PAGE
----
(734) 763-8644

Complex Systems, Engineering, Environmental and Climate Research, Physical Science
Data Mining, Data Visualization, Graph-Based Methods, Networks, Optimization, Statistics
Relevant Projects:



Chinese Society for Industrial Ecology
American Association for the Advancement of Science (AAAS)
American Society of Civil Engineers (ASCE)
Association of Environmental Engineering and Science Professors (AEESP)
International Input-Output Association (IIOA)
International Society for Industrial Ecology (ISIE)

Ming Xu

Associate Professor

School for Environment and Sustainability
Civil and Environmental Engineering, College of Engineering

Associate Professor of Civil and Environmental Engineering, College of Engineering

My research focuses on developing and applying computational and data-enabled methodology in the broader area of sustainability. Main thrusts are as follows:

  1. Human mobility dynamics. I am interested in mining large-scale real-world travel trajectory data to understand human mobility dynamics. This involves the processing and analyzing travel trajectory data, characterizing individual mobility patterns, and evaluating environmental impacts of transportation systems/technologies (e.g., electric vehicles, ride-sharing) based on individual mobility dynamics.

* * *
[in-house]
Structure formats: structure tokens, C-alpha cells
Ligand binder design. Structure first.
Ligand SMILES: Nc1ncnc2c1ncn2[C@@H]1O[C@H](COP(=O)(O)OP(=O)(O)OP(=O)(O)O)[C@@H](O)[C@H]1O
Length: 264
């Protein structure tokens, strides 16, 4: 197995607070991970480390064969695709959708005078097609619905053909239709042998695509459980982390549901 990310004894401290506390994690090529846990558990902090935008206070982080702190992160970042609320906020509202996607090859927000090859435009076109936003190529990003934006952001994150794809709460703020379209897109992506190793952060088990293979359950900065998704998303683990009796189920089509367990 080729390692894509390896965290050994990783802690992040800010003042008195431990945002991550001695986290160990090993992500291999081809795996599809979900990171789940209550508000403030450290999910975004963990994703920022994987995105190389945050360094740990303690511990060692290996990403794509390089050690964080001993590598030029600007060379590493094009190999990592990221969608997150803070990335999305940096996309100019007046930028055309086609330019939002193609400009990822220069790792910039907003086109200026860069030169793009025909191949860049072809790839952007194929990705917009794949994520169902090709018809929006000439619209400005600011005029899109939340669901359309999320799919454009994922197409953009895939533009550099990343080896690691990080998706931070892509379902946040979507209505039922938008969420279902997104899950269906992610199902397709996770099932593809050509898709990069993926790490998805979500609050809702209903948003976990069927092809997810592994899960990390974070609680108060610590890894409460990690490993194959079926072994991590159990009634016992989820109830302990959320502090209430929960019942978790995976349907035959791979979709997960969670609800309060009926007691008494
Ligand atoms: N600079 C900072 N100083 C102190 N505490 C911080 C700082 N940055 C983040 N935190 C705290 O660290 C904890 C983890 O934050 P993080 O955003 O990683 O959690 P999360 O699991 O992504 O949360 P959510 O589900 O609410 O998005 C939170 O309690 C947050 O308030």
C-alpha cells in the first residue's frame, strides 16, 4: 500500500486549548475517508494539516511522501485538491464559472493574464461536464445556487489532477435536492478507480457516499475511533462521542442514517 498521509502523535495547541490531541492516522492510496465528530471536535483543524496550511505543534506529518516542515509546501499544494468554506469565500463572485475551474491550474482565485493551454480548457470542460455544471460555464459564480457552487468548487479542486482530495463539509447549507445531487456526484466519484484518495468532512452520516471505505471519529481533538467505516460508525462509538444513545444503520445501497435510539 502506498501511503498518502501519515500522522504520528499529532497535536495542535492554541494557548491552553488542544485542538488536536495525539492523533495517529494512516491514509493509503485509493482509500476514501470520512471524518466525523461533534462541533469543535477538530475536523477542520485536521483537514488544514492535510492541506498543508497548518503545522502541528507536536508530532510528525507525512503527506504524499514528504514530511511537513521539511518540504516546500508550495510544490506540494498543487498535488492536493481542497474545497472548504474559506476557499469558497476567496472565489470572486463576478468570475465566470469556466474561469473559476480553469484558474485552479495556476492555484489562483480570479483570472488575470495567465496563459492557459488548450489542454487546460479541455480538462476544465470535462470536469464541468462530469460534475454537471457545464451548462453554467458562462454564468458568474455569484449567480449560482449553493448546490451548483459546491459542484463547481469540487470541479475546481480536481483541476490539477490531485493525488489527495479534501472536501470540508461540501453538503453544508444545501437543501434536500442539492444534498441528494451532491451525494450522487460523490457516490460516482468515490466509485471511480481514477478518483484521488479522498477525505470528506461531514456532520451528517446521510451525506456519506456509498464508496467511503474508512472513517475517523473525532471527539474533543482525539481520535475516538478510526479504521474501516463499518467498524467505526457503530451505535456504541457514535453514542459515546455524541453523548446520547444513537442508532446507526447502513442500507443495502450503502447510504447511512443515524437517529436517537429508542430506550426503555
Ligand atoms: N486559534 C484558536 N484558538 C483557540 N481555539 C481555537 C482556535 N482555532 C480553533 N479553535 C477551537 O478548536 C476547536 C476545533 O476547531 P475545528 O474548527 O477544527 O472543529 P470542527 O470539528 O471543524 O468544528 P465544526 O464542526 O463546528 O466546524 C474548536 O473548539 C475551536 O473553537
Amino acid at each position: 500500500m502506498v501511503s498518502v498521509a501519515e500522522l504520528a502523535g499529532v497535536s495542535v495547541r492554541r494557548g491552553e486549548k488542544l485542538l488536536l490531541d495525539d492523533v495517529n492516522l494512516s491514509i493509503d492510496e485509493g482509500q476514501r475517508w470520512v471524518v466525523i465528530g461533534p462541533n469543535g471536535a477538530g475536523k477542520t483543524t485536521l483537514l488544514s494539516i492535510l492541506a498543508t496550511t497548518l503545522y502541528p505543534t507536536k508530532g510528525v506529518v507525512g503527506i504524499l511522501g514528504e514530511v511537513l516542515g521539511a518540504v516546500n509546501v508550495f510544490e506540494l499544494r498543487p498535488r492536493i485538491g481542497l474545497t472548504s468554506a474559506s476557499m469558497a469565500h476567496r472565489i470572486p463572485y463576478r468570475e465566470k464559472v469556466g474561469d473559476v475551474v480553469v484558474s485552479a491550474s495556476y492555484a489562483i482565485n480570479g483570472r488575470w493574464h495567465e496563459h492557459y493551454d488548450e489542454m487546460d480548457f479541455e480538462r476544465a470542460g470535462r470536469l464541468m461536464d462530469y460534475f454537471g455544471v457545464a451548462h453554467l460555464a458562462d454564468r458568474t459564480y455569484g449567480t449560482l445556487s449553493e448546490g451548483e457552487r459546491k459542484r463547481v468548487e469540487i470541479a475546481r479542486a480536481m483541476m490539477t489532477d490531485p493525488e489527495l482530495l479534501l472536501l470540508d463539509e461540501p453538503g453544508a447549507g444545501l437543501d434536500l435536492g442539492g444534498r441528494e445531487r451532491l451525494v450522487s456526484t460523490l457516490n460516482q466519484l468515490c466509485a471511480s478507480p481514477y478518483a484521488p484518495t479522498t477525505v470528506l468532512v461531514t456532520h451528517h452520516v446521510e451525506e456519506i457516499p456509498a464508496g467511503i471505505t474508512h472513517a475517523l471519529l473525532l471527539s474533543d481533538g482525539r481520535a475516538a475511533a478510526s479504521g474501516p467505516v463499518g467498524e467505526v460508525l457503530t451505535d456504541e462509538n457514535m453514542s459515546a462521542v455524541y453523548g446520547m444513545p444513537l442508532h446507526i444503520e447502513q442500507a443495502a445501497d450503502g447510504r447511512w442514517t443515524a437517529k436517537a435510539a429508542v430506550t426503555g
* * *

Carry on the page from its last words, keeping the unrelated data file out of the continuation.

2. Global supply chains. Increasingly intensified international trade has created a connected global supply chain network. I am interested in understanding the structure of the global supply chain network and economic/environmental performance of nations.
  3. Networked infrastructure systems. Many infrastructure systems (e.g., power grid, water supply infrastructure) are networked systems. I am interested in understanding the basic structural features of these systems and how they relate to the system-level properties (e.g., stability, resilience, sustainability).

A network visualization (force-directed graph) of the 2012 US economy using the industry-by-industry Input-Output Table (15 sectors) provided by BEA contains 405 industries. Each node represents a sector. The size of the node represents the economic output of the sector. The size and darkness of links represent the value of exchanges of goods/services between sectors. An interactive version and other data visualizations are available at http://mingxugroup.org/